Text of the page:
Wednesday, June 30, 2021

Manzanar National Historic Site

 On my first longer visit to Death Valley, a chance encounter with another visitor introduced me to Manzanar.  We were not going to be on that road again for a long time, so as we were traveling north on US HWY 395, I was determined to stop and see Manzanar.  When I was growing up and going through high school, by the time we got to May we were just barely getting to World War II and maybe the Korean War.  Knowing that now kids have 50 more years of US history to cover in one year makes me know that it is hard to cover everything.  Regardless, in my high school and college history classes, no mention was ever made of the US Japanese internment camps like Manzanar. he lady that told me about her visit talked about the gardens and what remained and how the Japanese there tried to make something beautiful and that one could still see their efforts so many years later. 

My visit was during the afternoon on a day with wind warnings.  Stepping out of the car, the sand whipped and stung my face and skin blown by the strong winds.  It reminded me of Texas Panhandle winds that you had to lean into to walk.  It was a warm day in the desert.  

Manzanar sits in the desert with the Sierra Nevada mountain range close on one side.  

For those of you like me that have not heard about places like Manzanar, the bombing of Pearl Harbor started the United States involvement in World War II.  We had Japanese people that were already living in the United States.  Many were citizens with jobs, businesses, families, etc. Many owned property.  Beginning shortly after Pearl Harbor in 1942, more than 110, 000 men, women, and children were ordered to leave their homes and were detained in ten remote, military-styled camps.  10,000 Japanese Americans spent their time during World War II at Manzanar.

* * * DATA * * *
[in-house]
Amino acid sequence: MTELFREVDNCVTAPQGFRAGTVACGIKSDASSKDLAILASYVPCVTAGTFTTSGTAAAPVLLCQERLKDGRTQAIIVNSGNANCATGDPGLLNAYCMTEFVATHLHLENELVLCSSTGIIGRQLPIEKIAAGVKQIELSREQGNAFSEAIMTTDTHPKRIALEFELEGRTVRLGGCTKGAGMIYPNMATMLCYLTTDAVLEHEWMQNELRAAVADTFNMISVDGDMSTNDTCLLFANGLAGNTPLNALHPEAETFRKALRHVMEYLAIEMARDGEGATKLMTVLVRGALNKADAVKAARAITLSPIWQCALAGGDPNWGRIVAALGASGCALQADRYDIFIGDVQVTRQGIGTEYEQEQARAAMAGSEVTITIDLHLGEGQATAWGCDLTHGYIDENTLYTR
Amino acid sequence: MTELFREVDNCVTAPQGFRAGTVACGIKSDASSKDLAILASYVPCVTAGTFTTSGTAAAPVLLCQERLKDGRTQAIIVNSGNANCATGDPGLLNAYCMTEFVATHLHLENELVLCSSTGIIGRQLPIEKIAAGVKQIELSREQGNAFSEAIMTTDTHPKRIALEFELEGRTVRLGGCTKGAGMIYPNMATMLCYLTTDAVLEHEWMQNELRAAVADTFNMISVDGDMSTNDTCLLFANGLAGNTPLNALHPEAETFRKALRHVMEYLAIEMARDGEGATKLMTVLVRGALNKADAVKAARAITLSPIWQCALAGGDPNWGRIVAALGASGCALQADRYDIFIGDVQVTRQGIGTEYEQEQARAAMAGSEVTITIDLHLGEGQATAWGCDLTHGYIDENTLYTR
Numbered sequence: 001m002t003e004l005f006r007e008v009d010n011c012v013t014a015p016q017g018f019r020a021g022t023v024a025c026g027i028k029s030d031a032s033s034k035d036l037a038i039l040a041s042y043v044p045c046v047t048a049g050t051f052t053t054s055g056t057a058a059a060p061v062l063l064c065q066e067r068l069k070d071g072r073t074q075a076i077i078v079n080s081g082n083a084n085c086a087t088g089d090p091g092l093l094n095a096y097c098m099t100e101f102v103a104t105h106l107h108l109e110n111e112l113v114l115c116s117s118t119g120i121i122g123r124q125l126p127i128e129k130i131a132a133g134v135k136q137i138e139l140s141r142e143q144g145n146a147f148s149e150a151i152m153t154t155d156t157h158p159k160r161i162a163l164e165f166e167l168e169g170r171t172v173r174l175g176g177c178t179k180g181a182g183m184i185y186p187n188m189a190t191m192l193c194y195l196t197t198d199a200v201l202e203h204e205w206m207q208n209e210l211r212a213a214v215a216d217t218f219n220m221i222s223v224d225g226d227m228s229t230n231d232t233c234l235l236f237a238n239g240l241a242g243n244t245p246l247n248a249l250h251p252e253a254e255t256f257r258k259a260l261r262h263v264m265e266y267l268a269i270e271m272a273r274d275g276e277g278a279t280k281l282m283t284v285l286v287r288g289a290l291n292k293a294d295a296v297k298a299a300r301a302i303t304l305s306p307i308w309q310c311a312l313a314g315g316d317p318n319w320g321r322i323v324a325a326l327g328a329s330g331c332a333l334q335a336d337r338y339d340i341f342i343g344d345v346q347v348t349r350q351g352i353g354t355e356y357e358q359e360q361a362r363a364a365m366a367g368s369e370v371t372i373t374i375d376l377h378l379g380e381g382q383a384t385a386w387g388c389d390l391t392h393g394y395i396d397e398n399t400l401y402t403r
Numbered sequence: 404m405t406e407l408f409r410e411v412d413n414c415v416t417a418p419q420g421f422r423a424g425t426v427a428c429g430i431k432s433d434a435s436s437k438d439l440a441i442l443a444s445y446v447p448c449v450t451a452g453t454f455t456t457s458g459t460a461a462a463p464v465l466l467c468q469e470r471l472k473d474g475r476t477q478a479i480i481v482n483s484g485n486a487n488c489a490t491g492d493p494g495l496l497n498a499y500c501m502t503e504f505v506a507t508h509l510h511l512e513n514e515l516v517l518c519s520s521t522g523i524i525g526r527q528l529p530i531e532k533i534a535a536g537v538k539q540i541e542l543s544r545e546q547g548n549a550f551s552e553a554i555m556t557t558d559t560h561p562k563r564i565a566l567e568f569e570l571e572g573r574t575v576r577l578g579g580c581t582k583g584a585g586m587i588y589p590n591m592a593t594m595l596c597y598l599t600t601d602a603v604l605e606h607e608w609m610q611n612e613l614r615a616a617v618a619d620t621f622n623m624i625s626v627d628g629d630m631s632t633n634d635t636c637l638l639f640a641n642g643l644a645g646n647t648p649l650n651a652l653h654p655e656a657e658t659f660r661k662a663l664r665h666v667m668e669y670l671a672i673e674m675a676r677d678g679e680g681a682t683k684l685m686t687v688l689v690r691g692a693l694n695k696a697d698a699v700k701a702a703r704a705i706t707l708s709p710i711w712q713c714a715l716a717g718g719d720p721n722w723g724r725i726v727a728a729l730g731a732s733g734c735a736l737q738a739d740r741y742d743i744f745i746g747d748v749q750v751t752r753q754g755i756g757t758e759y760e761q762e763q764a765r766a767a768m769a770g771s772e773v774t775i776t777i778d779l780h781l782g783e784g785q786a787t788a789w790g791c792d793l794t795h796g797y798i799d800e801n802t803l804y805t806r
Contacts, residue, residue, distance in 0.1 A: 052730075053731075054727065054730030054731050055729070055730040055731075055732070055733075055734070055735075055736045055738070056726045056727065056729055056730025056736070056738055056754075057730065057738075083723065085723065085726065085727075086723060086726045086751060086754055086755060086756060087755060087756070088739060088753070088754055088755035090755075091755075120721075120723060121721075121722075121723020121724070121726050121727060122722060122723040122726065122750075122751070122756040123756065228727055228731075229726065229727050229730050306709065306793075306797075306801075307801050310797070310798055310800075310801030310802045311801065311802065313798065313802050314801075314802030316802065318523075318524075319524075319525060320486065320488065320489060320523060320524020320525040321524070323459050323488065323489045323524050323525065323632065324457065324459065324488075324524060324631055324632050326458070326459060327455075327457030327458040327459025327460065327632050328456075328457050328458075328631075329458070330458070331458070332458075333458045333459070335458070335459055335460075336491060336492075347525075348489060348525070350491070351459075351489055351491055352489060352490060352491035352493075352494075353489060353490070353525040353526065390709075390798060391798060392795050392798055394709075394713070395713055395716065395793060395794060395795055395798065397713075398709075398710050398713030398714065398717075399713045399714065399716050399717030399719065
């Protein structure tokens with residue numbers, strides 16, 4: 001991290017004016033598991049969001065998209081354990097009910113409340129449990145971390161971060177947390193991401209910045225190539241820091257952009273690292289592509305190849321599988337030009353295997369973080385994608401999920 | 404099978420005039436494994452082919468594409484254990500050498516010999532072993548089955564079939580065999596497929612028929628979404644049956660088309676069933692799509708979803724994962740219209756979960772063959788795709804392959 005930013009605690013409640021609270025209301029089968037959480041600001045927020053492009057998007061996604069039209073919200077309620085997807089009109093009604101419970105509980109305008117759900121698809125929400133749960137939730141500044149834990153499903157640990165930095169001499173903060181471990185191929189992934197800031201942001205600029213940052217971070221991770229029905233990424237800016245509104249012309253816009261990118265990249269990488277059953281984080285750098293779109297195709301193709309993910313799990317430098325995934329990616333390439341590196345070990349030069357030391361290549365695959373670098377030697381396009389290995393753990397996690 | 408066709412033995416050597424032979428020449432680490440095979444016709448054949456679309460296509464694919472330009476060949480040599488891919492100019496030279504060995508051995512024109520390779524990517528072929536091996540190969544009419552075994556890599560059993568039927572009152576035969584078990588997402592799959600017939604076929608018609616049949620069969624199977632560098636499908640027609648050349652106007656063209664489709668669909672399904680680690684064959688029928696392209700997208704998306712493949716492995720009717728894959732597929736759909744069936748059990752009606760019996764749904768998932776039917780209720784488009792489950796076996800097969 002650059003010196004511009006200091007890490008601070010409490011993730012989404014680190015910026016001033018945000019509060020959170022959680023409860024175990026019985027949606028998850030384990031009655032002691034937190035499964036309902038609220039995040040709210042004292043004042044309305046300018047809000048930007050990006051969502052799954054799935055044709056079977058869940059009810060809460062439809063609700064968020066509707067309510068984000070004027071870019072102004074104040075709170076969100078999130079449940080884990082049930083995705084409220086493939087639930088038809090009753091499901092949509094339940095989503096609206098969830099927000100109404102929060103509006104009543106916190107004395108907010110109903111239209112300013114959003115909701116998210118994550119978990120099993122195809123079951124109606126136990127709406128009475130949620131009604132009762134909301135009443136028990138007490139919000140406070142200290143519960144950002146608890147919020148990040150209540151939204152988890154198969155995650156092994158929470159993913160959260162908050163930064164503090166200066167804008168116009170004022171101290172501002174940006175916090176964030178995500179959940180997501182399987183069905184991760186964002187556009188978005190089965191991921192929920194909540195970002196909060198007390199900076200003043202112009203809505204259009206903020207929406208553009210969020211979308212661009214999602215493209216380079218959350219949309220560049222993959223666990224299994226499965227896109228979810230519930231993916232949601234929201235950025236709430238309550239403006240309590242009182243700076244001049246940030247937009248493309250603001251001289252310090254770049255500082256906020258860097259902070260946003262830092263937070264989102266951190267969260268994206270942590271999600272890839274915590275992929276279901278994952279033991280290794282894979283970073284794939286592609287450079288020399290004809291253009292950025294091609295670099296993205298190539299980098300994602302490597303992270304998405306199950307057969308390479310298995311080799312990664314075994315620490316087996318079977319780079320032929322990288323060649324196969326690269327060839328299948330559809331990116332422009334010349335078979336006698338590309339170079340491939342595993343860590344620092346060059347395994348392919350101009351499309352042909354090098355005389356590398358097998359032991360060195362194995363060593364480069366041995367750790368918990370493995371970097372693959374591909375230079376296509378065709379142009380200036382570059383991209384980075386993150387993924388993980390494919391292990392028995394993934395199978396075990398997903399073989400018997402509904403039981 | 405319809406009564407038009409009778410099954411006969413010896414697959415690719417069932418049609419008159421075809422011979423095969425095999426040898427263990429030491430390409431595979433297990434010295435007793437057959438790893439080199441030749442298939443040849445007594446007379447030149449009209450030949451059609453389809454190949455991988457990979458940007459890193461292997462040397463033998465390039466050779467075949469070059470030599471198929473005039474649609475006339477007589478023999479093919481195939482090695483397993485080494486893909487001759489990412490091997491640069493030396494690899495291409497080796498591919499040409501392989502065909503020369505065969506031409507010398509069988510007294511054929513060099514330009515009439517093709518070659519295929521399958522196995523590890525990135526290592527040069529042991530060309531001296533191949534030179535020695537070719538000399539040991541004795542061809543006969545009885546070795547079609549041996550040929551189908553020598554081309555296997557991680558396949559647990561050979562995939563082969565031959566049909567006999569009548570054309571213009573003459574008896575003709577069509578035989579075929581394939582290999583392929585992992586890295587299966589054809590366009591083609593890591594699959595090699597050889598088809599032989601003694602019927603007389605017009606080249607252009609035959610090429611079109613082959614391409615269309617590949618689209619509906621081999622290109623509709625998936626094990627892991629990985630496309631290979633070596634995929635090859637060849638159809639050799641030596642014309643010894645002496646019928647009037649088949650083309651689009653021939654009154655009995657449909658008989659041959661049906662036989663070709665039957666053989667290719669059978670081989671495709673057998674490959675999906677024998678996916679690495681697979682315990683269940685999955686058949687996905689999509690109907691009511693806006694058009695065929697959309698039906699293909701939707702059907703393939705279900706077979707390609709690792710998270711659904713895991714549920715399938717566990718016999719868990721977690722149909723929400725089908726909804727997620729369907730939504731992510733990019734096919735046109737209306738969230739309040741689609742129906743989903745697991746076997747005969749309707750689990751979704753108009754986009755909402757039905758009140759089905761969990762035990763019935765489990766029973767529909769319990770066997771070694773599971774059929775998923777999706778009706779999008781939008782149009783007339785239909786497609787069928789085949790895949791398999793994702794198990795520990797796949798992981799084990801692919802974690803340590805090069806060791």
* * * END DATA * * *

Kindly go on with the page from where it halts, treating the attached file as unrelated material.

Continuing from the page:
The visitor center was closed, being renovated and painted. The visitor center has a film available on YouTube. I just finished watching it:  Remembering Manzanar This documentary has interviews from people who were there.   


COVID restriction notices were posted on each doorway.  Only one family group at a time was supposed to enter the buildings and masks were required.  It was not a busy time at Manzanar when we visited.  There were only a few other people, but at the end of my visit a busload of teenagers showed up. They began playing basketball.  

I did not make it to some of the remains of the beautiful gardens they created, but I did go in all the restored buildings. Most of the buildings are gone with only the foundations and the walkways remaining.  

There was no privacy for using the bathroom or for showering.

Manzanar means "apple orchard."  They grew much of their own food and they prepared food to serve this large number of people. 

Most  of the buildings are gone.  But the sidewalks and paving stones are left.  I did not see a path to where the remnants of the decorative gardens remain.  The desert is not kind to plants.

The next day we drove by the Tule Lake National Monument.  It was late and closed. It has a different story to tell. This is where George Takei of Star Trek fame spent his World War II childhood. 


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